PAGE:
Axalta Presents the Pocono 400

NASCAR leaves one of its most unique tracks and heads to another. But while it is difficult to find a suitable comparative to Dover International Speedway, the same is not true of Pocono Raceway.

HAMPTON, GA - MARCH 05: Brad Keselowski, driver of the #2 Autotrader Ford, affixes the winner’s decal to his car in Victory Lane after winning the Monster Energy NASCAR Cup Series Folds Of Honor QuikTrip 500 at Atlanta Motor Speedway on March 5, 2017 in Hampton, Georgia. (Photo by Jerry Markland/Getty Images)

(Photo by Jerry Markland/Getty Images)

The triangular shape of Pocono certainly makes it one of NASCAR’s oddest looking courses, but the length of the track and flat corners has a lot of similarities to the rectangular Indianapolis Motor Speedway. Both tracks are out of NASCAR’s norm in terms of their geometry and that fact is significant because it changes a drivers approach on entry.

There are two factors that allow drivers to race hard into the corners of a similarly-configured, 1.5- and two-mile track. One is the steeper banking used on those tracks than NASCAR’s flat corners. But the other is the shape of the corners that allow racers to set and even change their groove once they are committed to the turn. At Pocono and Indy, the line is determined on entry, not nearly as much time is spent in the corners compared to the rest of the track, and it is difficult to overcome a mistake.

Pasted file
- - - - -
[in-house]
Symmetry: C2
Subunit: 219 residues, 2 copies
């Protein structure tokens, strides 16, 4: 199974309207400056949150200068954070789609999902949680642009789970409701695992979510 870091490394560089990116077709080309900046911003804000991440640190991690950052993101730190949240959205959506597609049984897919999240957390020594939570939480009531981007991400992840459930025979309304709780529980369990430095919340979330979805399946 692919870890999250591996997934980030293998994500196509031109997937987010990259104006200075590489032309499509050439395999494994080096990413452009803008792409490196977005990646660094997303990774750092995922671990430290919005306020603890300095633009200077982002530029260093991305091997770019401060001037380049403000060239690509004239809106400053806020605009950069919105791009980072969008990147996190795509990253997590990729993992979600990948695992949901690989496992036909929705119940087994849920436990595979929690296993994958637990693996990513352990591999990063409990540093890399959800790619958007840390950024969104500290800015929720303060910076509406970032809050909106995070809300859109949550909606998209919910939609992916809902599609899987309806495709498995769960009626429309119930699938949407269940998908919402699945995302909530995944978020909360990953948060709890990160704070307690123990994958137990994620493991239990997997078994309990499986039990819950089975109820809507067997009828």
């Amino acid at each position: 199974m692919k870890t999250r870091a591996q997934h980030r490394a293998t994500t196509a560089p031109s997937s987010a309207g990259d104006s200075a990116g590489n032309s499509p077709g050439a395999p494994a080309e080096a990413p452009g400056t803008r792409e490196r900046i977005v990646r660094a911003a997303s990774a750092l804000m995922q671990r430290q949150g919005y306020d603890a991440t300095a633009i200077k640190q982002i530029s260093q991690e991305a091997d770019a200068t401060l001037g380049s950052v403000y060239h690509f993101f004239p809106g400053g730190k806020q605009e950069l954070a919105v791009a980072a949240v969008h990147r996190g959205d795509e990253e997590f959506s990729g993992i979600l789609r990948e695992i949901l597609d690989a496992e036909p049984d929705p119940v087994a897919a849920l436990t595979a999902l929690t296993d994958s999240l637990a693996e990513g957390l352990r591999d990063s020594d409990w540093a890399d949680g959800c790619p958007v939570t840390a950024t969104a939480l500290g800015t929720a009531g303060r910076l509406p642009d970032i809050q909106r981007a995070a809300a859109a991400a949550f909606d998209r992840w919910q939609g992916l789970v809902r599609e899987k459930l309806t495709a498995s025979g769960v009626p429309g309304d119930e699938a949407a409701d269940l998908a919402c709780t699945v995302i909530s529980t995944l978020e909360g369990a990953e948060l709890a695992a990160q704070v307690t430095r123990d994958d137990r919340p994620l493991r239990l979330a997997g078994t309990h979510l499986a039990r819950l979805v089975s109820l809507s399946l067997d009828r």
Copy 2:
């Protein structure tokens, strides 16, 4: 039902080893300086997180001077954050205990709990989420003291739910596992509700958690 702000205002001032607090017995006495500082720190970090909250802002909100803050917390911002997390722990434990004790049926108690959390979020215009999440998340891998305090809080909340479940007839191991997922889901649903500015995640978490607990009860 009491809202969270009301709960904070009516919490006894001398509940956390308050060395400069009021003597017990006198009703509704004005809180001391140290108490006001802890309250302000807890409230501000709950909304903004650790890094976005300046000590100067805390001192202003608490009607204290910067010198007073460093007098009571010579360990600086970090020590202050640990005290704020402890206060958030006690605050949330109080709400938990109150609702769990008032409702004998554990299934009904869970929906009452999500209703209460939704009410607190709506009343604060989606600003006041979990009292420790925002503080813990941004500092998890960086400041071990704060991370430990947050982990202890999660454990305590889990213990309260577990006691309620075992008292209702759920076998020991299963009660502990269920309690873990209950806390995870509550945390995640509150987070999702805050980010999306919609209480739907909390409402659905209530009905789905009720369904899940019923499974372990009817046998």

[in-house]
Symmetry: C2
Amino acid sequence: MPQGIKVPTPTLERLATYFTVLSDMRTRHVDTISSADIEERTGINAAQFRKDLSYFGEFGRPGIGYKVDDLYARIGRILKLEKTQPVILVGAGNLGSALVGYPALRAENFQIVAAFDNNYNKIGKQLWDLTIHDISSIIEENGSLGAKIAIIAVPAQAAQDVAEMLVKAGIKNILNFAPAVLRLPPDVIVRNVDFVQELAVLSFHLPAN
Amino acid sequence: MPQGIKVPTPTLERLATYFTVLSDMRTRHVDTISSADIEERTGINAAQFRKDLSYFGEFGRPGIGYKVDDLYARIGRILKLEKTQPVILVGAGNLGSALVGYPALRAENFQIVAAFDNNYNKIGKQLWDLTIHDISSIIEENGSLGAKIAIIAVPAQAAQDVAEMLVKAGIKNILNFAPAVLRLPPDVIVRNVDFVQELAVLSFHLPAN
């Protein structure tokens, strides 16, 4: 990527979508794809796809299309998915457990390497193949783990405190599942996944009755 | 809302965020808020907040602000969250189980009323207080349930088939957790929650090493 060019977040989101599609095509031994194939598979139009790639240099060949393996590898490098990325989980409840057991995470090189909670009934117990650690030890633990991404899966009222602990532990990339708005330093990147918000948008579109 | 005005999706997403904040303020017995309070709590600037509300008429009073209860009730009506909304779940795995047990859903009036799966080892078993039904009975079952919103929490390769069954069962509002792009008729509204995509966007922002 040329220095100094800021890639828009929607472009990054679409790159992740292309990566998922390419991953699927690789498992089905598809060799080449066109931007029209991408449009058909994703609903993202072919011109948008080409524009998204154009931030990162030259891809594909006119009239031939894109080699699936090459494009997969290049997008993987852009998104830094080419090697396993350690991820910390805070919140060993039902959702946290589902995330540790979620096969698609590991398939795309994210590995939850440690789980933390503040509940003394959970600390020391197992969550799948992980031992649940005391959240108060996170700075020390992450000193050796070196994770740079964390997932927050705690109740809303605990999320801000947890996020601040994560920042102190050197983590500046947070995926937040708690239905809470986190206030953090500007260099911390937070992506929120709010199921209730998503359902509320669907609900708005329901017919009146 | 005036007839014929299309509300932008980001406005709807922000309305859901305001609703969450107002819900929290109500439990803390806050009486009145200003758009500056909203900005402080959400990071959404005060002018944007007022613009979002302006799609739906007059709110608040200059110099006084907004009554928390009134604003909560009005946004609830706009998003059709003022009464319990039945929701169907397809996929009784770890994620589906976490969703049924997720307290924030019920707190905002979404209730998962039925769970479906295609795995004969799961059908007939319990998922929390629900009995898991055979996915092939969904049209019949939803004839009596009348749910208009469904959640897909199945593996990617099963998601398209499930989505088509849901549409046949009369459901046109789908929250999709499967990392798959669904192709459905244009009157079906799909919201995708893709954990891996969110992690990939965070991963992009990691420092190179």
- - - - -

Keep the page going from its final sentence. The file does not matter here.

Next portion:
Even if a driver does not make any mistakes, they can be put in a difficult situation if another car gets to their inside. There is not a lot of two abreast racing through the corners, but that does not mean there is not a lot of passing.

In order to overtake another driver, one has to back up to the previous corner. The most successful drivers on most courses are those who get the best run off the turn, but this is particularly true on flat tracks. A car must enter easily and the driver must accelerate at the perfect spot at the apex.


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